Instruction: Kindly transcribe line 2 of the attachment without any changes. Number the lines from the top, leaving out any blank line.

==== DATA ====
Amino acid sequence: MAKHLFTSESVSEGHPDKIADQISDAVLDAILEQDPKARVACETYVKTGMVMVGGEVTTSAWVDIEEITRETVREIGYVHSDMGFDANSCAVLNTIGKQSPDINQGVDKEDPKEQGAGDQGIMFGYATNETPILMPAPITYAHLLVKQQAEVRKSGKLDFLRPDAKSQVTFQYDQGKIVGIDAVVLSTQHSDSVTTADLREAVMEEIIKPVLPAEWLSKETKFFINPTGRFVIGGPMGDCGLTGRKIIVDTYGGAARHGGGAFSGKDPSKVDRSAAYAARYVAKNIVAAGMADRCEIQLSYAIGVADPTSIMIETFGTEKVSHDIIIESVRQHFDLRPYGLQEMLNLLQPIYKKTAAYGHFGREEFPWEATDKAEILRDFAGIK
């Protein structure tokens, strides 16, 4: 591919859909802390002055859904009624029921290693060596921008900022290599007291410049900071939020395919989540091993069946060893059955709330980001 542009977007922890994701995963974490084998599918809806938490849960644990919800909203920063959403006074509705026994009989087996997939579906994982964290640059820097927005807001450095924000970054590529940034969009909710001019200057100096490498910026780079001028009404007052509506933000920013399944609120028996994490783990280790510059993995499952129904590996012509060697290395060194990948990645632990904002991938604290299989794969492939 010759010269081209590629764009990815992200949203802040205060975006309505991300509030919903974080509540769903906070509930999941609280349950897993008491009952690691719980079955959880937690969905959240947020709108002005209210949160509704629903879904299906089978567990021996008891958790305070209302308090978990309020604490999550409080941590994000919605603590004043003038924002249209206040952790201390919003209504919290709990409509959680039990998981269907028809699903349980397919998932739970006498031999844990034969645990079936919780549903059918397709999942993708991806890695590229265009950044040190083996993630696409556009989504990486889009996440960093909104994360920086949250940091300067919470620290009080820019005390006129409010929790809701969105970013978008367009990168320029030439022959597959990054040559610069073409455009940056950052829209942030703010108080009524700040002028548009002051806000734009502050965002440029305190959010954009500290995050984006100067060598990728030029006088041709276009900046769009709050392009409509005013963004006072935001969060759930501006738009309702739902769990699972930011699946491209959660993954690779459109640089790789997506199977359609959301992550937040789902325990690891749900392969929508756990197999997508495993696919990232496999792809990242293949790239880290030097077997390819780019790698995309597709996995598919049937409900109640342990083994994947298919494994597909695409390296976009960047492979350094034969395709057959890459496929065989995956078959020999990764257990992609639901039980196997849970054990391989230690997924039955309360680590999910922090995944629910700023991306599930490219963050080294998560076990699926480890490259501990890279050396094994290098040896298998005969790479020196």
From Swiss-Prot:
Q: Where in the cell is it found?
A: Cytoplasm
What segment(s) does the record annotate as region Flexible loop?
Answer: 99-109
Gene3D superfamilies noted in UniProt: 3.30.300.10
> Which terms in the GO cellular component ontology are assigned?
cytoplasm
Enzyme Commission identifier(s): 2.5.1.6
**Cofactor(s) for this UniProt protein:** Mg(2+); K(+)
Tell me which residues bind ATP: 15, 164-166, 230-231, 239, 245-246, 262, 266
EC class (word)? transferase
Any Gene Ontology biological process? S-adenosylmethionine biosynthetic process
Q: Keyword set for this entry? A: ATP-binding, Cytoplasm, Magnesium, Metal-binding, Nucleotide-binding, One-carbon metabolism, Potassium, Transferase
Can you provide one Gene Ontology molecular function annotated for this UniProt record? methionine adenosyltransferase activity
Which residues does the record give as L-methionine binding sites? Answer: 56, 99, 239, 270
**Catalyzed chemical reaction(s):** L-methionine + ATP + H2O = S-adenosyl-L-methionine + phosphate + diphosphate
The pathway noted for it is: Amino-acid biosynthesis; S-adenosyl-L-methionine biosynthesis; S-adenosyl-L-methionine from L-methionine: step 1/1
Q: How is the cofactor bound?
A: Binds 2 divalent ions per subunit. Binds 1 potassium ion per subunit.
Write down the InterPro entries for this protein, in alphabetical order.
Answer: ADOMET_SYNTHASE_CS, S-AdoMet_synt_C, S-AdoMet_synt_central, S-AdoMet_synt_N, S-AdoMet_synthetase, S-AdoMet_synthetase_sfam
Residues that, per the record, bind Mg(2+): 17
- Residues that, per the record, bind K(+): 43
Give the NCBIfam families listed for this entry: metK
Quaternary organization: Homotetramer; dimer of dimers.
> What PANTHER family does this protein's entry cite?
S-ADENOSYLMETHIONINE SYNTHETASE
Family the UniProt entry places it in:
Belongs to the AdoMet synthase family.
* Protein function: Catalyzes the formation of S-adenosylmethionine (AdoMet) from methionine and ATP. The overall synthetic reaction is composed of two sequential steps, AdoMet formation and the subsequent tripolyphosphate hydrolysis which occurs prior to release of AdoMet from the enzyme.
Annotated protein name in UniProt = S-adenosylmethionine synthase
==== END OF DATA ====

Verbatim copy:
């Protein structure tokens, strides 16, 4: 591919859909802390002055859904009624029921290693060596921008900022290599007291410049900071939020395919989540091993069946060893059955709330980001 542009977007922890994701995963974490084998599918809806938490849960644990919800909203920063959403006074509705026994009989087996997939579906994982964290640059820097927005807001450095924000970054590529940034969009909710001019200057100096490498910026780079001028009404007052509506933000920013399944609120028996994490783990280790510059993995499952129904590996012509060697290395060194990948990645632990904002991938604290299989794969492939 010759010269081209590629764009990815992200949203802040205060975006309505991300509030919903974080509540769903906070509930999941609280349950897993008491009952690691719980079955959880937690969905959240947020709108002005209210949160509704629903879904299906089978567990021996008891958790305070209302308090978990309020604490999550409080941590994000919605603590004043003038924002249209206040952790201390919003209504919290709990409509959680039990998981269907028809699903349980397919998932739970006498031999844990034969645990079936919780549903059918397709999942993708991806890695590229265009950044040190083996993630696409556009989504990486889009996440960093909104994360920086949250940091300067919470620290009080820019005390006129409010929790809701969105970013978008367009990168320029030439022959597959990054040559610069073409455009940056950052829209942030703010108080009524700040002028548009002051806000734009502050965002440029305190959010954009500290995050984006100067060598990728030029006088041709276009900046769009709050392009409509005013963004006072935001969060759930501006738009309702739902769990699972930011699946491209959660993954690779459109640089790789997506199977359609959301992550937040789902325990690891749900392969929508756990197999997508495993696919990232496999792809990242293949790239880290030097077997390819780019790698995309597709996995598919049937409900109640342990083994994947298919494994597909695409390296976009960047492979350094034969395709057959890459496929065989995956078959020999990764257990992609639901039980196997849970054990391989230690997924039955309360680590999910922090995944629910700023991306599930490219963050080294998560076990699926480890490259501990890279050396094994290098040896298998005969790479020196």